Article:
Dying mother Angel Raich, 41, has lost her appeal in federal court Wednesday to use marijuana for medical purposes. Her doctor claims marijuana is the only medicine that will keep Raich alive.
The mother of two, from Oakland, CA, has scoliosis, chronic nausea and an inoperable brain tumor, among other ailments. Raich pre-emptively sued the government in an effort to avoid arrest for using marijuana. Raich uses marijuana every few hours, on her doctor's advice.
The 1970 Controlled Substances Act criminalizes heroin, LSD, marijuana and other drugs. In her appeal, Raich was asking for enforcement of this law to be blocked.
A legal conflict exists between federal law, which states marijuana is illegal and has no medical value, and 11 states that allow marijuana use for medical purposes with a doctor's recommendation. Two years ago, the Supreme Court ruled against Raich, stating that even individuals living in one of the 11 states allowing medical marijuana can be prosecuted under federal laws.
Due to the Supreme Court ruling, the 9th Circuit Court of Appeals narrowed the issue down to the right to life theory. The three appeals judges stated that the U.S. is not to the point where "the right to use medical marijuana is 'fundamental.'" The court did admit, however, that if Raich is later arrested and prosecuted, she may be able to use a "medical necessity defense."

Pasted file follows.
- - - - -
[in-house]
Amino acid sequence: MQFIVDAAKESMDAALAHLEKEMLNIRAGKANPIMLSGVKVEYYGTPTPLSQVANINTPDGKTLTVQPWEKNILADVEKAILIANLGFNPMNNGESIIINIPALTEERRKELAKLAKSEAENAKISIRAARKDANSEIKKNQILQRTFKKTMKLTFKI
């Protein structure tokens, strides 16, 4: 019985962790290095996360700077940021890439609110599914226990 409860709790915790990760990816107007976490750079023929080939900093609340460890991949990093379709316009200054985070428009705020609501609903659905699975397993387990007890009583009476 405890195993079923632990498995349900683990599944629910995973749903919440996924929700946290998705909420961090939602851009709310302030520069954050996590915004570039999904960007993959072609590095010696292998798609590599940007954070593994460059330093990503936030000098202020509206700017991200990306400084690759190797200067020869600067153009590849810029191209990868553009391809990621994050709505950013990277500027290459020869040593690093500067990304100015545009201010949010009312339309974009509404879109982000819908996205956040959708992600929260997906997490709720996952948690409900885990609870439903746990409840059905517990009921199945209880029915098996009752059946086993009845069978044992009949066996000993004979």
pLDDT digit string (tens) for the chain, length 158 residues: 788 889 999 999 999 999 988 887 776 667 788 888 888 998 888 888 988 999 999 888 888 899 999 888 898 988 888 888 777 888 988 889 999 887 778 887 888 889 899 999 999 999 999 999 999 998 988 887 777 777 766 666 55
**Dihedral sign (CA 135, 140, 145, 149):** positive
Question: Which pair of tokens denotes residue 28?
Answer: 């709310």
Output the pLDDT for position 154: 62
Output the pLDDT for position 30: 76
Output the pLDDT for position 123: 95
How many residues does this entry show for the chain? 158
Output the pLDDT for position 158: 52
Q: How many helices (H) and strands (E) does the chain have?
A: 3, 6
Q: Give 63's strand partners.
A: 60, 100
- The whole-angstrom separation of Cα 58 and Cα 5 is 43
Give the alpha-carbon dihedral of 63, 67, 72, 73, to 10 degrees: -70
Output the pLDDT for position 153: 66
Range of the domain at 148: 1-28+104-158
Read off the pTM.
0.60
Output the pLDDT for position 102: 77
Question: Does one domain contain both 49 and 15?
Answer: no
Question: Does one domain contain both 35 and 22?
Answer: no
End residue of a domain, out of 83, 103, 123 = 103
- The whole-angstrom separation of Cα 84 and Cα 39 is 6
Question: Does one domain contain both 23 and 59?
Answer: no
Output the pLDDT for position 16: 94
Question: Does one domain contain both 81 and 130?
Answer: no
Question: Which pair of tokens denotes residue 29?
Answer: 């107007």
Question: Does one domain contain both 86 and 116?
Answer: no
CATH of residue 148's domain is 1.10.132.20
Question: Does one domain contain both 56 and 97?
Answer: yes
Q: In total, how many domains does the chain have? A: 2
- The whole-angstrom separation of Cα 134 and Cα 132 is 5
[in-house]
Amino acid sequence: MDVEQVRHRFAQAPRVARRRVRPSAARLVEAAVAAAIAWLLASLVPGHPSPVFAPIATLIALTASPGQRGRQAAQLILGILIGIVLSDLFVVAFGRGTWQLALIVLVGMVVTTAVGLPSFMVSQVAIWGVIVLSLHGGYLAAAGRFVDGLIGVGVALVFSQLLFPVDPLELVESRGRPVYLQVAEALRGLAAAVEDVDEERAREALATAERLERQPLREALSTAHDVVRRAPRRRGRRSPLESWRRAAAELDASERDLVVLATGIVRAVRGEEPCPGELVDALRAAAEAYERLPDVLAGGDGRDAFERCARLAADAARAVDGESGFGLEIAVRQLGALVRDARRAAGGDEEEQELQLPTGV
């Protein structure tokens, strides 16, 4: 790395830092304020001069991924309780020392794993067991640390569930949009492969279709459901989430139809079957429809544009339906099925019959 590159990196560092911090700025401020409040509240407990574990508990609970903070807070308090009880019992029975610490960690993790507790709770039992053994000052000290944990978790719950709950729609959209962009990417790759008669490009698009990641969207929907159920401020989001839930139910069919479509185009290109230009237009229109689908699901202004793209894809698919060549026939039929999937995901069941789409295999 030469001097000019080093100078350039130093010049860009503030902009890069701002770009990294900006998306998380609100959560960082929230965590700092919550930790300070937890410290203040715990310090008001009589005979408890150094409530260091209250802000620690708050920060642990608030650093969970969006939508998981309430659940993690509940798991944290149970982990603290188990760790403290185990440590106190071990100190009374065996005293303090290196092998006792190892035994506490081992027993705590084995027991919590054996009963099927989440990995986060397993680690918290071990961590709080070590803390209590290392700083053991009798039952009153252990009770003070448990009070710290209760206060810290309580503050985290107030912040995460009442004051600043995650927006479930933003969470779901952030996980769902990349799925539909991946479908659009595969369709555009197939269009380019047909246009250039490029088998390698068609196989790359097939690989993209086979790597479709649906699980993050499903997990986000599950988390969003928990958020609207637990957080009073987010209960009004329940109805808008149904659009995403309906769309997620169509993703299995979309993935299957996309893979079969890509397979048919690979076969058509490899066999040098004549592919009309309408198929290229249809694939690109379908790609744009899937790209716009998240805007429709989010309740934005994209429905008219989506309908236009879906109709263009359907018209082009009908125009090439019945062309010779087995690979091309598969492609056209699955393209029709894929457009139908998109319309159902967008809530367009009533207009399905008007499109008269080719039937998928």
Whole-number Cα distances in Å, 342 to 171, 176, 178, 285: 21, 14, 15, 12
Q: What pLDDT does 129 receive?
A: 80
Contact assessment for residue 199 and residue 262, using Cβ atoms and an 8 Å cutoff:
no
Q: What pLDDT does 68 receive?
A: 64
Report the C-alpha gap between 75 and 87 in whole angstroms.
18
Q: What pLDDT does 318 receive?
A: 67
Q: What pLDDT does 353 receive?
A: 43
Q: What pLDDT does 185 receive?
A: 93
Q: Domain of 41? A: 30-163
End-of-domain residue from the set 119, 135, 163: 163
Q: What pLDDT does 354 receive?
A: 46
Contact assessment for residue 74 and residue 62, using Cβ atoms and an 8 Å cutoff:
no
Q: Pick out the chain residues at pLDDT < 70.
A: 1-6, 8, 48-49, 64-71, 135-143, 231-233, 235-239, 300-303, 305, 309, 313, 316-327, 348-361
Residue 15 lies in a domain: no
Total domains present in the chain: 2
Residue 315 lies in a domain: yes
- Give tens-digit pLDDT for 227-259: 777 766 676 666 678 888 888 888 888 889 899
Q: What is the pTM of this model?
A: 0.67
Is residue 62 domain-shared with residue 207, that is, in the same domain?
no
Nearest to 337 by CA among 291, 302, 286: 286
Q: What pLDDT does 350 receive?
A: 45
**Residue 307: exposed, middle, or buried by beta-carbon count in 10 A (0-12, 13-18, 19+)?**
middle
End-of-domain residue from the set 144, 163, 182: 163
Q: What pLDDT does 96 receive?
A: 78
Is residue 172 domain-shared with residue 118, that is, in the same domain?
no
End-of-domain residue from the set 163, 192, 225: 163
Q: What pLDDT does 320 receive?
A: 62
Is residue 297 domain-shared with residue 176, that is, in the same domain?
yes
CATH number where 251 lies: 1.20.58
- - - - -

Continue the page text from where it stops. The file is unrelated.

Judge C. Arlen Beam stated in a partial dissent that since Raich has not been arrested, she has no legal standing to bring a case.
Raich told press that "I have to get myself busted in order to try to save my life." Frank Lucido, one of Raich's physicians, said last year that she would "probably be dead without marijuana."
New Mexico may become the 12th state to allow marijuana use for medical purposes. Governor Bill Richardson is expected to sign the bill that lawmakers approved Wednesday.
Several California cities have de-prioritized marijuana offenses, including San Francisco, Santa Cruz, Santa Monica, Oakland, Santa Barbara and West Hollywood. San Francisco joined the growing number of California cities putting marijuana offenses low on the priority list in December.
Marijuana has been used to treat a variety of illnesses and symptoms, including cancer, glaucoma, hepatitis C, Crohn's disease, HIV or AIDS and multiple sclerosis. It has also been used to treat migraines, seizure disorders, severe or chronic pain or nausea, anorexia, wasting syndrome and agitation of Alzheimer's disease.